The severe acute respiratory syndrome coronavirus 2 (SARS-CoV-2) epidemic in southern Africa has been characterised by three distinct waves. The first was associated with a mix of SARS-CoV-2 lineages, whilst the second and third waves were driven by the Beta and Delta variants respectively1–3. In November 2021, genomic surveillance teams in South Africa and Botswana detected a new SARS-CoV-2 variant associated with a rapid resurgence of infections in Gauteng Province, South Africa. Within three days of the first genome being uploaded, it was designated a variant of concern (Omicron) by the World Health Organization and, within three weeks, had been identified in 87 countries. The Omicron variant is exceptional for carrying over 30 mutations in the spike glycoprotein, predicted to influence antibody neutralization and spike function4. Here, we describe the genomic profile and early transmission dynamics of Omicron, highlighting the rapid spread in regions with high levels of population immunity.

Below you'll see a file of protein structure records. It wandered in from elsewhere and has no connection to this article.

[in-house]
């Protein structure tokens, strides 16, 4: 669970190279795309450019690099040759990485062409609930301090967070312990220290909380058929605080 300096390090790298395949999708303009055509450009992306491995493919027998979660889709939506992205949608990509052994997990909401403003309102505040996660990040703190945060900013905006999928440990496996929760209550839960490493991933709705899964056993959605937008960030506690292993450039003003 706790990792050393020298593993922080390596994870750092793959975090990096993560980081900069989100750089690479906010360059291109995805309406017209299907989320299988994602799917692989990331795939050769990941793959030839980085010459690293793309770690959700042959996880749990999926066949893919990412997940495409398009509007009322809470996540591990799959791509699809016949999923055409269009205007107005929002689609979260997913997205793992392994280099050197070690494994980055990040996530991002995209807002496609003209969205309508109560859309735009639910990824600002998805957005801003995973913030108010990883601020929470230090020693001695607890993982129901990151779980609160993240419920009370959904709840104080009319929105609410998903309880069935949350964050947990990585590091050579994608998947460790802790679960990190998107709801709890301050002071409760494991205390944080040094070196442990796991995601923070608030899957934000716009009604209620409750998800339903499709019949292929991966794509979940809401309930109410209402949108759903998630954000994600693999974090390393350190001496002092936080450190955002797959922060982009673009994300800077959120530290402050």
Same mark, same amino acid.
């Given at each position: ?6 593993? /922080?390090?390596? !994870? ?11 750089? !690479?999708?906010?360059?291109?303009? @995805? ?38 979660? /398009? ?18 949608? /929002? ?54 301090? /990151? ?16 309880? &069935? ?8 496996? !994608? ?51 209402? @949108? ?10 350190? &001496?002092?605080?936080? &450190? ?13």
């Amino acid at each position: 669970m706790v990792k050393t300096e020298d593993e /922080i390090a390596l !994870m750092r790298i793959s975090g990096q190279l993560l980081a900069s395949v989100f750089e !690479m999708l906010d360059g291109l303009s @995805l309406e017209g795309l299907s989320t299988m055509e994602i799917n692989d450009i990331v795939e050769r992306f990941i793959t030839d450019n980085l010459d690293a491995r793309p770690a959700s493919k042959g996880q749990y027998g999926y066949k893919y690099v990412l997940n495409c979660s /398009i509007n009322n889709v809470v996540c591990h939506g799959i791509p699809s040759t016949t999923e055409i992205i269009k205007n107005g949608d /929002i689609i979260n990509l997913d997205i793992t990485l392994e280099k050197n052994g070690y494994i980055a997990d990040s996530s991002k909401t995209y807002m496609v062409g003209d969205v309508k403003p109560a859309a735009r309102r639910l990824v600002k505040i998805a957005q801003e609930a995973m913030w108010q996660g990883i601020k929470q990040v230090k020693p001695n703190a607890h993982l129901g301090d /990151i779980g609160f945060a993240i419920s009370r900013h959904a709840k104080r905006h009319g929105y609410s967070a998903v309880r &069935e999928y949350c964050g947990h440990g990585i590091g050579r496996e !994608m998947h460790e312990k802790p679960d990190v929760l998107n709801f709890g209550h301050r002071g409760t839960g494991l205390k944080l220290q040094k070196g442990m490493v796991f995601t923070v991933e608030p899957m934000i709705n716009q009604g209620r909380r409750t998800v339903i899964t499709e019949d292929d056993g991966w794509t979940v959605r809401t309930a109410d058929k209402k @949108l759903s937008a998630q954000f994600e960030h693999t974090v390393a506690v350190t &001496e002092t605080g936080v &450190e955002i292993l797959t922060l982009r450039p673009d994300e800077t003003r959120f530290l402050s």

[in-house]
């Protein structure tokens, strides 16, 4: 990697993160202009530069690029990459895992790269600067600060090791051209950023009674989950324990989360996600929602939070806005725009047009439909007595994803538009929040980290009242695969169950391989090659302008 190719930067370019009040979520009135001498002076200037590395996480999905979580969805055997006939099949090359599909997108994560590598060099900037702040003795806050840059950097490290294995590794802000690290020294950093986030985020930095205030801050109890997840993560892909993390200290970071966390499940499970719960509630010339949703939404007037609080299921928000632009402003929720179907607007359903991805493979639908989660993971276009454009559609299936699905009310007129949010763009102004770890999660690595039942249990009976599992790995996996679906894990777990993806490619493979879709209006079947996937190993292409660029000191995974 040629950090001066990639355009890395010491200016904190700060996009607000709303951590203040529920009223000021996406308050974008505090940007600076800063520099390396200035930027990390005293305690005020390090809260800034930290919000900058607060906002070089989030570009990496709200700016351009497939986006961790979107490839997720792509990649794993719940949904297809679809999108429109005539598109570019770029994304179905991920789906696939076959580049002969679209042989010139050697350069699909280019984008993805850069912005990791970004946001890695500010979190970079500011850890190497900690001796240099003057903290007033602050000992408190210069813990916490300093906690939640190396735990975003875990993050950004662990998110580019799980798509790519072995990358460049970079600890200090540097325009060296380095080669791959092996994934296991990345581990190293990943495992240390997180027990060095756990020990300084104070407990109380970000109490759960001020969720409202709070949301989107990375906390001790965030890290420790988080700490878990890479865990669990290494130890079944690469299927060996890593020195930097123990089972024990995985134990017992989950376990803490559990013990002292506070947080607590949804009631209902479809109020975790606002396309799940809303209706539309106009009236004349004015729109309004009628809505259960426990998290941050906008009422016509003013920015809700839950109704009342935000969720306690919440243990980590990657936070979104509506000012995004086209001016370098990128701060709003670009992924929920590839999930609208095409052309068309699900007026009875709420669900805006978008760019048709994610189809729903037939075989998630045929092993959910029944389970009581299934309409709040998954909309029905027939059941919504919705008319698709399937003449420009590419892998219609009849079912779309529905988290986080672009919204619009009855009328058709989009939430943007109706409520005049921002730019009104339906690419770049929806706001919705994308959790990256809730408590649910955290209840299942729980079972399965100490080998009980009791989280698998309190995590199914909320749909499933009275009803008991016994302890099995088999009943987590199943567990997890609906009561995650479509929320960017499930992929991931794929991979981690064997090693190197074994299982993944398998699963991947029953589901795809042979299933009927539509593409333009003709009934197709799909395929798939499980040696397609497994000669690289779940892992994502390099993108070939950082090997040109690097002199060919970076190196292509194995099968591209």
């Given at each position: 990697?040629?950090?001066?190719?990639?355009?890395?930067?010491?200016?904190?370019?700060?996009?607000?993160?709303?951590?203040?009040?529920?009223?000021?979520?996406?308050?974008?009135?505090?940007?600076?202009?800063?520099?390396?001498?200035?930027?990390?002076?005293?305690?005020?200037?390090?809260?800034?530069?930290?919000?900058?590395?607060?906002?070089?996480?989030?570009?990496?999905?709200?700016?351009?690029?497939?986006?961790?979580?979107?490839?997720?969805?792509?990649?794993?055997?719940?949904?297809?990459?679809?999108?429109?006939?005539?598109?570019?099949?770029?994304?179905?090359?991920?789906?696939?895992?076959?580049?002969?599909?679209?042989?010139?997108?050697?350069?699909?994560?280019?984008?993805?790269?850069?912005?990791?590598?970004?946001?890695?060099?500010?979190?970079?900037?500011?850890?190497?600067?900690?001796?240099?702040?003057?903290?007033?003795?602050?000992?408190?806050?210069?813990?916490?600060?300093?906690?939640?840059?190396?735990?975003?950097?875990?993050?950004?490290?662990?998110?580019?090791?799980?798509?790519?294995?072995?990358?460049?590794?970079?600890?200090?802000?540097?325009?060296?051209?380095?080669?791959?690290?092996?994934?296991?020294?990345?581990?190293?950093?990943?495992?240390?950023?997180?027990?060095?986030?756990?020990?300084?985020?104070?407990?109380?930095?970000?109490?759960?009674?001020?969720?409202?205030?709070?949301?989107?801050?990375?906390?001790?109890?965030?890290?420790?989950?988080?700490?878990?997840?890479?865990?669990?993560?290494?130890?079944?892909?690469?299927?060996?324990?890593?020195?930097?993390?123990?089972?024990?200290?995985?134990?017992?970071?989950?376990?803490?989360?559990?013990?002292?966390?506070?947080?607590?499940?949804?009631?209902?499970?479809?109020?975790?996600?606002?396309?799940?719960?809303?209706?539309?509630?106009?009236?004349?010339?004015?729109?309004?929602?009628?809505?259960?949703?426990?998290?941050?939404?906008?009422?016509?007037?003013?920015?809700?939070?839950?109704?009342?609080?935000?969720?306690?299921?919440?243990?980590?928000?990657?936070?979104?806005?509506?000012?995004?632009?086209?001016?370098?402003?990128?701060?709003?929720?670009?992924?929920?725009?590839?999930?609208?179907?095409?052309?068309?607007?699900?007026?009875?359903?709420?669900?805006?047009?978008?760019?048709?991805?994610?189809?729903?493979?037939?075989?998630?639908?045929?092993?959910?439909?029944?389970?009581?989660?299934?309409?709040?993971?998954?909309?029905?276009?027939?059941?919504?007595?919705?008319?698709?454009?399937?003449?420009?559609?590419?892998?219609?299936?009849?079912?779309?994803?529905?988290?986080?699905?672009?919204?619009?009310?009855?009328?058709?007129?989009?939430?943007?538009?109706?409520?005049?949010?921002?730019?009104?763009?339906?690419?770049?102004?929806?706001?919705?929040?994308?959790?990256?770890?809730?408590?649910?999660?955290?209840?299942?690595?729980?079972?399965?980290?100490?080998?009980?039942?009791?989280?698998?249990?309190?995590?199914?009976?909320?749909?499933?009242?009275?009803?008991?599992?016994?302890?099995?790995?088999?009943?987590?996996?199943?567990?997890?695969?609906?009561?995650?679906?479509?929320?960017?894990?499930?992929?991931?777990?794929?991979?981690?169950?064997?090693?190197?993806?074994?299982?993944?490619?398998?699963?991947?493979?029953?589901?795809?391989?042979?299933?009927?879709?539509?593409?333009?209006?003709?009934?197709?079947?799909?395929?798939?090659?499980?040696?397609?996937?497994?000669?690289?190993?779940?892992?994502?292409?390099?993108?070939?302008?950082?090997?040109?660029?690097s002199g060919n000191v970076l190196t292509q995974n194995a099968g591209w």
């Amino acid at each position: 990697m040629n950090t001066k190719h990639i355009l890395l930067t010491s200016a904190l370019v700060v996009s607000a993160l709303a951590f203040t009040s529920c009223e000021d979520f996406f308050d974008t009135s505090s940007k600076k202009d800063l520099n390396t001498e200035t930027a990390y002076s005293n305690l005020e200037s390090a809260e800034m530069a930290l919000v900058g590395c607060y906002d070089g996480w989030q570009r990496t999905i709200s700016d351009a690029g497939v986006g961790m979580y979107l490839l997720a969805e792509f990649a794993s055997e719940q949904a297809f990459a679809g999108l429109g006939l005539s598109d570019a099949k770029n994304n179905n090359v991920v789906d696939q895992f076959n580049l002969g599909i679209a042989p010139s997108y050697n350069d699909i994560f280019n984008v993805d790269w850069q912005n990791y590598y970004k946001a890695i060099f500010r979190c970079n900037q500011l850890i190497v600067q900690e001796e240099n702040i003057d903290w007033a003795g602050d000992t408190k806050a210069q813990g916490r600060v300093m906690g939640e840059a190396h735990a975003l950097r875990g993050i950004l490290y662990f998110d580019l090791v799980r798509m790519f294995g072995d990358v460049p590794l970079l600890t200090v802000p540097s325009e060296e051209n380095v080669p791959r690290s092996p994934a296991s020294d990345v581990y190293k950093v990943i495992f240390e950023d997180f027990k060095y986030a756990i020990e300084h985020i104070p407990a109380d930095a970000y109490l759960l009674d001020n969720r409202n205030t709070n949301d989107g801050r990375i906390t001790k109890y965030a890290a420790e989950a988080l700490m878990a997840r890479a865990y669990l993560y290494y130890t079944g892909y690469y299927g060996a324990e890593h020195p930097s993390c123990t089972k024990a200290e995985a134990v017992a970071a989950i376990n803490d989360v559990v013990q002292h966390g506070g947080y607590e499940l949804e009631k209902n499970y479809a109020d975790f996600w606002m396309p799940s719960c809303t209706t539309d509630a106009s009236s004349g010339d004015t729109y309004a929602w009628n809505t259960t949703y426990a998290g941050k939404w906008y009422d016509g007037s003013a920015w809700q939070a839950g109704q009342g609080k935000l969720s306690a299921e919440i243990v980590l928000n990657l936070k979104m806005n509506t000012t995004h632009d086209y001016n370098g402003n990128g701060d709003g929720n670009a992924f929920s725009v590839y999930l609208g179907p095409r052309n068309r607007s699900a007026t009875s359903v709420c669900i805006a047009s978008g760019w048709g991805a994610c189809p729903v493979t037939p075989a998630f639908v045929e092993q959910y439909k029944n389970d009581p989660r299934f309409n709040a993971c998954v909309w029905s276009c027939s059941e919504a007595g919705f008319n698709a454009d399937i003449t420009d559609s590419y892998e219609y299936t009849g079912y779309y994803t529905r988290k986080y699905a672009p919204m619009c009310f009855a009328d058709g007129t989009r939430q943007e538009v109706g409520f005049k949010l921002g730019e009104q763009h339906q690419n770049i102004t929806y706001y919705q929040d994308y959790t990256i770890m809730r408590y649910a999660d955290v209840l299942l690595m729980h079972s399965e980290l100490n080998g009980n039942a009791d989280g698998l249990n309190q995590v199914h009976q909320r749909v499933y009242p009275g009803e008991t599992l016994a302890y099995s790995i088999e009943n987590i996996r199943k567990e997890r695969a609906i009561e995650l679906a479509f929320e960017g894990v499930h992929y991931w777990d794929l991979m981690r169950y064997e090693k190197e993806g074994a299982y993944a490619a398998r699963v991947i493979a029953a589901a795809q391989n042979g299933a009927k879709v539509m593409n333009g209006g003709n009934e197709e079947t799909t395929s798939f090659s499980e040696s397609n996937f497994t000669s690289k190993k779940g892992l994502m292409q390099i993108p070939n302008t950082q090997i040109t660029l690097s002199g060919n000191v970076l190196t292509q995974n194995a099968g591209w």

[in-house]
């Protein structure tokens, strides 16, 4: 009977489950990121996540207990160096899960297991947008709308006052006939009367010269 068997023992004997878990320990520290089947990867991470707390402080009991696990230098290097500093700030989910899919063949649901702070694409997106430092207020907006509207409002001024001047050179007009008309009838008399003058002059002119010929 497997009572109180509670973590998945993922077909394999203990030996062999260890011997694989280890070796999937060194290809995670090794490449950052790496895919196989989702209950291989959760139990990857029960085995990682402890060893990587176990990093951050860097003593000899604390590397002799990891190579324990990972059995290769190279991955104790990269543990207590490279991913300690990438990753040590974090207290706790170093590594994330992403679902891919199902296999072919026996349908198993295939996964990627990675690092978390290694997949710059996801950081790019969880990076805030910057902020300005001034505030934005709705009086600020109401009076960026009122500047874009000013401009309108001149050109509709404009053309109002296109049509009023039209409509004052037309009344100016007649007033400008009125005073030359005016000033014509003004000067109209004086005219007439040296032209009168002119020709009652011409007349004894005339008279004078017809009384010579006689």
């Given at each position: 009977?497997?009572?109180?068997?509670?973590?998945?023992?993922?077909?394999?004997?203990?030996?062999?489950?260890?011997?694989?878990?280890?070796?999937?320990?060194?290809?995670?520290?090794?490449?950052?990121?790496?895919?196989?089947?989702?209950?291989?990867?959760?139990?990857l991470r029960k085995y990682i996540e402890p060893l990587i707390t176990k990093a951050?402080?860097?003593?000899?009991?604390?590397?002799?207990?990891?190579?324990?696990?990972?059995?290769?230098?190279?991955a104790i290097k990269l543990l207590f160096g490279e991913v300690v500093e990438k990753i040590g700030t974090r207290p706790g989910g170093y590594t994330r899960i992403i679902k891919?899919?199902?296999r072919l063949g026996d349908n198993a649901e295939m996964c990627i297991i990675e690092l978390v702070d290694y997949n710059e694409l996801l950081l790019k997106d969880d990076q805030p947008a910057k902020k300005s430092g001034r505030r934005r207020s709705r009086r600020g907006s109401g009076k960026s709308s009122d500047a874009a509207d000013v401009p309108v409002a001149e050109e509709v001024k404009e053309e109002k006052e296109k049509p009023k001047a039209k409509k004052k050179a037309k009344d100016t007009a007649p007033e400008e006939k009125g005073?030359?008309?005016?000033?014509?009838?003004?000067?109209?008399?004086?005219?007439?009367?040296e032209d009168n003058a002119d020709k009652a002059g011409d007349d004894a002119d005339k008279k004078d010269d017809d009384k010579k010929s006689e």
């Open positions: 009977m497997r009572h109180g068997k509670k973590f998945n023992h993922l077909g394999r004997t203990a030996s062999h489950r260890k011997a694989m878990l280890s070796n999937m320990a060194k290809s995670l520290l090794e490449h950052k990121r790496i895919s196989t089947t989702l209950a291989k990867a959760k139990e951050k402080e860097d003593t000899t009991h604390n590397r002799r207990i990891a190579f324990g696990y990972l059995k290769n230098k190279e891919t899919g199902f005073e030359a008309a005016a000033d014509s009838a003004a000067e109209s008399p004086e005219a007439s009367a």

5.
Afr J Thorac Crit Care Med ; 26(2)2020.
Article in English | MEDLINE | ID: covidwho-1304841

ABSTRACT

Coronavirus disease 2019 (COVID-19) due to a novel virus, severe acute respiratory syndrome coronavirus 2 (SARS-CoV-2), is a global pandemic that has resulted in over 1.5 million confirmed cases and close to 100 000 deaths. In the majority of symptomatic cases, COVID-19 results in a mild disease predominantly characterised by upper respiratory tract symptoms. Reverse transcription polymerase chain reaction (RT-PCR) using a nasopharyngeal sample is the mainstay of diagnosis, but there is an ~30% false negative rate early in the disease and in patients with mild disease, and therefore repeat testing may be required. RT-PCR positivity can persist for several days after resolution of symptoms. IgM and IgG antibody responses become positive several days after the onset of symptoms, and robust antibody responses are detectable in the second week of illness. Antibody-based immunoassays have a limited role in the diagnosis of early symptomatic disease. However, their incremental benefit over RT-PCR in the first 2 weeks of illness is currently being clarified in ongoing studies. Such assays may be useful for surveillance purposes. However, their role in potentially selecting individuals who may benefit from vaccination, or as a biomarker identifying persons who could be redeployed into essential employment roles, is being investigated. Rapid antibody-based immunoassays that detect viral antigen in nasopharyngeal samples are being developed and evaluated.